Have you ever played a game that feels like it was designed specifically for you? Jack Jeanne is just that to me. In fact, I’m working on a visual novel project myself, and I’m shocked at just how thematically and structurally similar it will be to Jack Jeanne (at least, the way I’ve got it planned in my head). Mine’s about dancesport and this is about theatre (including ballet and opera), but ultimately it’s about “high arts” and performance, and the people that are driven to these lifestyles and passions. As a mix of rhythm game, management/relationship building sim and visual novel, and with a focus on the inner workings of the performing arts, Jack Jeanne is truly a rare treat. I mean, how many other games have ballet and opera as subjects? Not enough, and this highlights just how compelling the subject matter can be to video games.
Jack Jeanne’s story tracks a girl who is desperate to make it as a performer. Purely by chance, she catches the eye of the headmaster at the nation’s most prestigious performing arts school. The only problem is that this school is for boys and boys alone. So, in order to chase her dreams, she needs to make like a Shakespearean comedy, strap down her chest and conceal her gender from her classmates and teachers. Because the headmaster takes a risk in letting her in, he presents her with a single demand: she must become a superstar and top graduate of the school.
Thankfully, her deception is made slightly easier because there are feminine roles on the stage, and the school is no stranger to highly feminine boys that it trains to play the female roles in theatre productions. These “Jeannes” do look like women (especially with stage makeup on), so no one questions our heroes’ gender (well, at first). So she settles into school life, learns how to act like a girl from a bunch of boys, and trains like mad to be the most spectacular Jeanne the school has ever seen.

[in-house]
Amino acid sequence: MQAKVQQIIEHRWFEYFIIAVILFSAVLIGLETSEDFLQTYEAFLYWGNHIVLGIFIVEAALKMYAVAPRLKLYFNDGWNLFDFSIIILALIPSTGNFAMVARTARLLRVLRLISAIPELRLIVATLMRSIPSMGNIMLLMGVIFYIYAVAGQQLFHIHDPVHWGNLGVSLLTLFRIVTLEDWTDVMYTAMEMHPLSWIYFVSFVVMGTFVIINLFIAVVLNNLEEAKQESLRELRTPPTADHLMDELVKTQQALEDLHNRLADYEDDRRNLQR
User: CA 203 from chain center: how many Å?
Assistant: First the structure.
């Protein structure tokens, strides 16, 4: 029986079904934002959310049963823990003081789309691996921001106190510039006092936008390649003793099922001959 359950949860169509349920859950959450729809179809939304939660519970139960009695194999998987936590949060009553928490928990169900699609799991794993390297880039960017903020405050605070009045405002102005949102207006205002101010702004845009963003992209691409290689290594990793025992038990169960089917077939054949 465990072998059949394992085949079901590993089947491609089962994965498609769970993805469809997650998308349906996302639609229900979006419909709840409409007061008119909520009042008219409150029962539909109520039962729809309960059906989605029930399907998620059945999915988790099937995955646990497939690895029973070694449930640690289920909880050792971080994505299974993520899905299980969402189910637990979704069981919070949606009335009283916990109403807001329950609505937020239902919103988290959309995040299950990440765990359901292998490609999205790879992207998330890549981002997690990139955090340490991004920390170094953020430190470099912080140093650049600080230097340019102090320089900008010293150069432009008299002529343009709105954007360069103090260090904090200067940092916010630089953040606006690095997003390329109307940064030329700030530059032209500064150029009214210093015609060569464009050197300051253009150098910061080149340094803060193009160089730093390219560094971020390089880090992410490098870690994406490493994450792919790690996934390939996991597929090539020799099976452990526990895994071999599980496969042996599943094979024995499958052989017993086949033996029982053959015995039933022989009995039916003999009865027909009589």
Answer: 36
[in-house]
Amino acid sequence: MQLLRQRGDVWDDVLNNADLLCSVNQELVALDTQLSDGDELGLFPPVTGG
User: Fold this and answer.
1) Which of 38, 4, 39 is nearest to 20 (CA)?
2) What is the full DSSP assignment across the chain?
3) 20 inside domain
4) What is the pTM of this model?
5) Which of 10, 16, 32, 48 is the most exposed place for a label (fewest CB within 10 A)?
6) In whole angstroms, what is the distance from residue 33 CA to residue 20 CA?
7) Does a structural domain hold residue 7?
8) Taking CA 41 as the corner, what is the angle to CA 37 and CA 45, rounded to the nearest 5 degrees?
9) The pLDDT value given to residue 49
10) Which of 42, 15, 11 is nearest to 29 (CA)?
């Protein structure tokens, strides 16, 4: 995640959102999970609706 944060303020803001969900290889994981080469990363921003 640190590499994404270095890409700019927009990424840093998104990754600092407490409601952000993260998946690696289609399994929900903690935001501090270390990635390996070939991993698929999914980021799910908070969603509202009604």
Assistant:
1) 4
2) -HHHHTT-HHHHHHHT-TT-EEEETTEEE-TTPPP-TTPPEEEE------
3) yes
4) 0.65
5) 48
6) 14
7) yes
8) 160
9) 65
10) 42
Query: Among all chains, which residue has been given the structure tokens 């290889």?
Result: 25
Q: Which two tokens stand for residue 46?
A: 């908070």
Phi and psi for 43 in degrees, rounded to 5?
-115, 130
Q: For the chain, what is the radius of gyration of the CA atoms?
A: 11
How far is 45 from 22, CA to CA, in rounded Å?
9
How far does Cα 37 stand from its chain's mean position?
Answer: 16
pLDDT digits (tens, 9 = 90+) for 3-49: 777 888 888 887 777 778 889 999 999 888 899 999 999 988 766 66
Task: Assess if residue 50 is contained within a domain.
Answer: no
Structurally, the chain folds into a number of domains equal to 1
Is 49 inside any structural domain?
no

It’s easy to dismiss this as a cross-dressing fantasy, and perhaps even cynical, given the current cultural war dramas that a bunch of uneducated ignoramuses are waging against drag performances… but of course, what Jack Jeanne is actually doing is not drag, but rather depicting something of deep cultural significance in Japan. Males playing female roles – Onnagata – are specialists in the unique challenges of doing so, and they spend years honing the craft. To this day most Kabuki theatre features an all-male cast. Though women can (and do) now appear in performances, they were originally banned from the stage way back in 1642, and that lengthy tradition has stuck as something that, aesthetically and thematically, is important to the entire art form.
Of course, this is an otome game, so the protagonist also starts to develop feelings for her classmates as the relationship deepens. Hilarity often ensures. At the same time, she has consistently cast in lead roles in frequent productions the classes put on (this is how they’re assessed and ultimately graduate), so she needs to spend a lot of time training her singing, dancing and acting skills. It’s a busy schedule she keeps to, to be sure, and the vivid and active academy experience she goes through is really brought to life thanks to some great character writing, excellent dynamics between the various personalities, and the constant deadlines that you’re working towards.
Given that otome visual novels generally have limited interactivity, I was surprised with just how much “gameplay” there is in Jack Jeanne. You need to organise the daily schedule of activities for the protagonist. This means spending time training in six different disciplines to “level them up”, while also making sure that she doesn’t get so exhausted that her training efforts fail. Because all work and no play make this particular Jeanne a dull girl, you also need to find time on weekends for her to go out and be social with her classmates. There are certainly more complex “life simulation” management games out there (any of the Princess Maker-likes, for example), but as a streamlined mechanic, it works within Jack Jeanne, and ensures that you’ve got plenty to think about between the narrative beats.